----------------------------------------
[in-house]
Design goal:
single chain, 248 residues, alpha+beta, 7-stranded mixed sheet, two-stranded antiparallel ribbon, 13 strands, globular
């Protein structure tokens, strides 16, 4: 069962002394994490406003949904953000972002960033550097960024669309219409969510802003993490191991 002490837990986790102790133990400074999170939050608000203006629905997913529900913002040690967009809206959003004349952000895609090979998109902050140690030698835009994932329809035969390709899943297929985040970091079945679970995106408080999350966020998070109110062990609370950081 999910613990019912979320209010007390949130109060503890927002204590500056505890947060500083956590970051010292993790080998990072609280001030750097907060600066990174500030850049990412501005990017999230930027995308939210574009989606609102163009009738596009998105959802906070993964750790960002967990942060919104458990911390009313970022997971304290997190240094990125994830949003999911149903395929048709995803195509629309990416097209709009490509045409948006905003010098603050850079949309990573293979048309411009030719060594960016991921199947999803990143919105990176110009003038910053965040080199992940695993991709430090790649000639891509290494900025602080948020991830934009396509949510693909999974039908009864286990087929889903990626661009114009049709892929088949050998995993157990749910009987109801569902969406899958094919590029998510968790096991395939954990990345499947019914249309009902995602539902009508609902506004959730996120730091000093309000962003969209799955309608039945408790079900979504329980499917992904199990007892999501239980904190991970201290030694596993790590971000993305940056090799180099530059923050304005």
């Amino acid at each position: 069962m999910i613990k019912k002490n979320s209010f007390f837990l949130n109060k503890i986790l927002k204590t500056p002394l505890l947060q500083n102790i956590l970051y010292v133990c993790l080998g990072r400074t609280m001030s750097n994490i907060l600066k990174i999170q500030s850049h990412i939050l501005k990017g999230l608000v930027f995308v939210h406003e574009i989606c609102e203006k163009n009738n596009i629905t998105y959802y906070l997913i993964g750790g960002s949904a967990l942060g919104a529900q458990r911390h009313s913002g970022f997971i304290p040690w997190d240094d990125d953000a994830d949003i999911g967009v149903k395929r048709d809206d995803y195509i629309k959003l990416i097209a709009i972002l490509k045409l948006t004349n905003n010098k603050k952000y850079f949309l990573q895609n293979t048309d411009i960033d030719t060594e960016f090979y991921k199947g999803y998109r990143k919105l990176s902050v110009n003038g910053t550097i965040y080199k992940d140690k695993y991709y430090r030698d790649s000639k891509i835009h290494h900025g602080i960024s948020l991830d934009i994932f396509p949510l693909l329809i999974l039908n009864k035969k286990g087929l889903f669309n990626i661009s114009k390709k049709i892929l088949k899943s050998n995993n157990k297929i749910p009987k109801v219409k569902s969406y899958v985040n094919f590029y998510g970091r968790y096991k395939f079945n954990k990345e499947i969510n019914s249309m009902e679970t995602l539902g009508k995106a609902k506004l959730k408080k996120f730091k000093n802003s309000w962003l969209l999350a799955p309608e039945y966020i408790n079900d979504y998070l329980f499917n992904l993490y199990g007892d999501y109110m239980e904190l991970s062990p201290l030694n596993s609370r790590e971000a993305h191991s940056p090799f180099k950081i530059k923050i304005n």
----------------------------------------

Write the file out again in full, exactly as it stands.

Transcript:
[in-house]
Design goal:
single chain, 248 residues, alpha+beta, 7-stranded mixed sheet, two-stranded antiparallel ribbon, 13 strands, globular
């Protein structure tokens, strides 16, 4: 069962002394994490406003949904953000972002960033550097960024669309219409969510802003993490191991 002490837990986790102790133990400074999170939050608000203006629905997913529900913002040690967009809206959003004349952000895609090979998109902050140690030698835009994932329809035969390709899943297929985040970091079945679970995106408080999350966020998070109110062990609370950081 999910613990019912979320209010007390949130109060503890927002204590500056505890947060500083956590970051010292993790080998990072609280001030750097907060600066990174500030850049990412501005990017999230930027995308939210574009989606609102163009009738596009998105959802906070993964750790960002967990942060919104458990911390009313970022997971304290997190240094990125994830949003999911149903395929048709995803195509629309990416097209709009490509045409948006905003010098603050850079949309990573293979048309411009030719060594960016991921199947999803990143919105990176110009003038910053965040080199992940695993991709430090790649000639891509290494900025602080948020991830934009396509949510693909999974039908009864286990087929889903990626661009114009049709892929088949050998995993157990749910009987109801569902969406899958094919590029998510968790096991395939954990990345499947019914249309009902995602539902009508609902506004959730996120730091000093309000962003969209799955309608039945408790079900979504329980499917992904199990007892999501239980904190991970201290030694596993790590971000993305940056090799180099530059923050304005």
């Amino acid at each position: 069962m999910i613990k019912k002490n979320s209010f007390f837990l949130n109060k503890i986790l927002k204590t500056p002394l505890l947060q500083n102790i956590l970051y010292v133990c993790l080998g990072r400074t609280m001030s750097n994490i907060l600066k990174i999170q500030s850049h990412i939050l501005k990017g999230l608000v930027f995308v939210h406003e574009i989606c609102e203006k163009n009738n596009i629905t998105y959802y906070l997913i993964g750790g960002s949904a967990l942060g919104a529900q458990r911390h009313s913002g970022f997971i304290p040690w997190d240094d990125d953000a994830d949003i999911g967009v149903k395929r048709d809206d995803y195509i629309k959003l990416i097209a709009i972002l490509k045409l948006t004349n905003n010098k603050k952000y850079f949309l990573q895609n293979t048309d411009i960033d030719t060594e960016f090979y991921k199947g999803y998109r990143k919105l990176s902050v110009n003038g910053t550097i965040y080199k992940d140690k695993y991709y430090r030698d790649s000639k891509i835009h290494h900025g602080i960024s948020l991830d934009i994932f396509p949510l693909l329809i999974l039908n009864k035969k286990g087929l889903f669309n990626i661009s114009k390709k049709i892929l088949k899943s050998n995993n157990k297929i749910p009987k109801v219409k569902s969406y899958v985040n094919f590029y998510g970091r968790y096991k395939f079945n954990k990345e499947i969510n019914s249309m009902e679970t995602l539902g009508k995106a609902k506004l959730k408080k996120f730091k000093n802003s309000w962003l969209l999350a799955p309608e039945y966020i408790n079900d979504y998070l329980f499917n992904l993490y199990g007892d999501y109110m239980e904190l991970s062990p201290l030694n596993s609370r790590e971000a993305h191991s940056p090799f180099k950081i530059k923050i304005n």